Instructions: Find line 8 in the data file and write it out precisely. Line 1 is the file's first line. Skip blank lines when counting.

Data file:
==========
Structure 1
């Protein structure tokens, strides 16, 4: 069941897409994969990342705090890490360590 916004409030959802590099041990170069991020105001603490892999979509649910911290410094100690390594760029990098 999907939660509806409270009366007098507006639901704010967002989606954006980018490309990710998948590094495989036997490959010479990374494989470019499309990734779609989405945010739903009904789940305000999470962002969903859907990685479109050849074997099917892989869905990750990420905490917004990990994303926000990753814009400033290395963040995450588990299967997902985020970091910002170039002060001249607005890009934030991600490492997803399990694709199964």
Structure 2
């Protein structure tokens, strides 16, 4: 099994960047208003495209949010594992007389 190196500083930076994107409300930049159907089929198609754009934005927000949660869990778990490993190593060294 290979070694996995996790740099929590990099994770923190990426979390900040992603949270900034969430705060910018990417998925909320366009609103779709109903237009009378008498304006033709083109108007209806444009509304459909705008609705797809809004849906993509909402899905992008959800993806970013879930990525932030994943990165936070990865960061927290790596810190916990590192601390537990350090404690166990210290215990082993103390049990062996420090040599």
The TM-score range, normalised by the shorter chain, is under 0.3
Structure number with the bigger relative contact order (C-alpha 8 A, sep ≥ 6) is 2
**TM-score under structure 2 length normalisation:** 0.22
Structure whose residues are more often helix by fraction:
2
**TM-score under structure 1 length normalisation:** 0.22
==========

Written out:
Structure whose residues are more often helix by fraction: